The new “log” UI standard

Here’s how a typical log UI looks like today: image4-dan-post1 (1)

Can you find the panel with the log entry? It’s just between the 3 search boxes.

Here’s how your issue UI should look: image5-dan-post1 (1)

And when you click on a specific issue, the details should look like this:

image6-dan-post1 (1)

For a long time, we’ve been accepting a poor user experience when it comes to logs. I get it, it’s a difficult fish to fry. But in my opinion, most companies are focusing on the 80% we never use instead of the 20% we use daily. Granted, it is not the same thing, but since I added Sentry I never opened my Cloud providers’ logs again.

So having spent some minutes installing Sentry, I wasn’t prepared for what was to come next.

Resolving the issue

The rest of the story is one of those that you read and think, “This is too good to be true”. If I was the reader, I would feel the same. You need to trust me on this, this is my complete, raw reaction and it comes from the heart. And I brought proof ― as soon as this happened, you bet I wrote about it.

Here’s how it happened:

  • I deployed with Sentry installed
  • I reproduce the issue in the UI
  • I get an email from Sentry
  • I navigate to the issue. Here’s what I see

image7-dan-post1 (1)

  • I see I am missing a permission for this account, thus the reason why the 3rd party failed
  • I add the missing permission
  • The issue is resolved in about 5 minutes

That’s it. That’s the entire story. That’s why I will never go into production without Sentry.

Getting wiser, fast

The great part about Sentry is that it has a ridiculously low entry barrier.

You don’t need to know much about the product and the installation is dead simple. However, this product has a way of revealing advanced features right when you need them.

I am much wiser now and can share a few great tips.

Adding context via attachments

As I mentioned before, sometimes getting the context is time-consuming business.

Meet Sentry attachments.

image8-dan-post1 (1)

This feature allows you to attach files to an error message and it has proven to be a massive time saver.

You don’t need to look up a user, dig through the database, and try to piece together what a method’s payload is. You have it all front and center with a handy preview. This is just something you have to experience to truly appreciate.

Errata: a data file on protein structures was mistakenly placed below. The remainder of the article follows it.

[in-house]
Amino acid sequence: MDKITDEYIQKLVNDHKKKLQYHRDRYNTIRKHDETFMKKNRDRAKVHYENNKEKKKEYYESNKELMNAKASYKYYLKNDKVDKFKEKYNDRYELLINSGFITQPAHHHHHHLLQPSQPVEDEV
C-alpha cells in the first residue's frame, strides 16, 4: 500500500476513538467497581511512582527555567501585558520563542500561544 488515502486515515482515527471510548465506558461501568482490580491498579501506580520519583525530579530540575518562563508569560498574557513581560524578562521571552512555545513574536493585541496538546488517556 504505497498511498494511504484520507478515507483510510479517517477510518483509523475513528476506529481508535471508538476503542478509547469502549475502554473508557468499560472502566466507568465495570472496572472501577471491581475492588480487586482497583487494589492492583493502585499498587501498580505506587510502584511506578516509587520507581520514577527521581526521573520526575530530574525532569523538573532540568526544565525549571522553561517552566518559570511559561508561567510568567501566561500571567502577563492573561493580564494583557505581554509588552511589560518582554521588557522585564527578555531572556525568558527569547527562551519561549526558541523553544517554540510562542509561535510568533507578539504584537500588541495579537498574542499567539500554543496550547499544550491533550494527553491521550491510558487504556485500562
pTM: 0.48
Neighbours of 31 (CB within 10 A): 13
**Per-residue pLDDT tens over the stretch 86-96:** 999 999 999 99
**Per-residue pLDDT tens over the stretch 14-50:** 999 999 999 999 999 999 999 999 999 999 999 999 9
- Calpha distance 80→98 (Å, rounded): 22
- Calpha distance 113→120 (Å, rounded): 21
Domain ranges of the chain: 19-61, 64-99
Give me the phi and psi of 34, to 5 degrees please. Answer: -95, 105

Seeing what led to an exception with traces

For systems with many microservices or a plethora of tasks, this overview is an absolute goldmine. It helps find concurrency issues as well as understand the performance of each step.

Finally, it makes it SO easy to reason about an exception by understanding the wider context. I don’t know of any service that does this so well. Frankly, this view is a work of art.

image9-dan-post1 (1)

Treating performance as a critical UX factor

As developers, we probably work on a beefy machine with more cores than you can count.

The fact is, our users don’t. We should treat performance as one of the most important components of user experience. If you have worked in e-commerce, you know that even 500ms could cause a huge dip in your conversion.

After a while of using Sentry, it was kind enough to point out what a horrible job I’m doing optimizing performance. Putting 1 + 1 together, I realized this is also affecting my SEO.

I recommend keeping an eye on that and constantly optimizing performance. Your users are going to thank you as well as your finance department.

image10-dan-post1 (1)

Make it easy for users to give you feedback

One of the best things you can do for your product is to have a clear, easy-to-use Feedback/Report button prominently shown across your website, app, docs, and everything in between. Of course, with Sentry, that’s just another integration.

These will probably be the best 5 minutes you’ve spent today.

image11-dan-post1 (1)

Wrapping up

Reflecting on this after a few months have passed, I can only come to one conclusion.

I should have tried Sentry a lot earlier.

In the current landscape of 100 SaaS offers hitting you left and right, I became reluctant to add yet another service to my apps.

On the other side of this: I have a more stable system, better user experience, better performance, and most importantly: I sleep so much better at night knowing Sentry is watching over my sloppy code.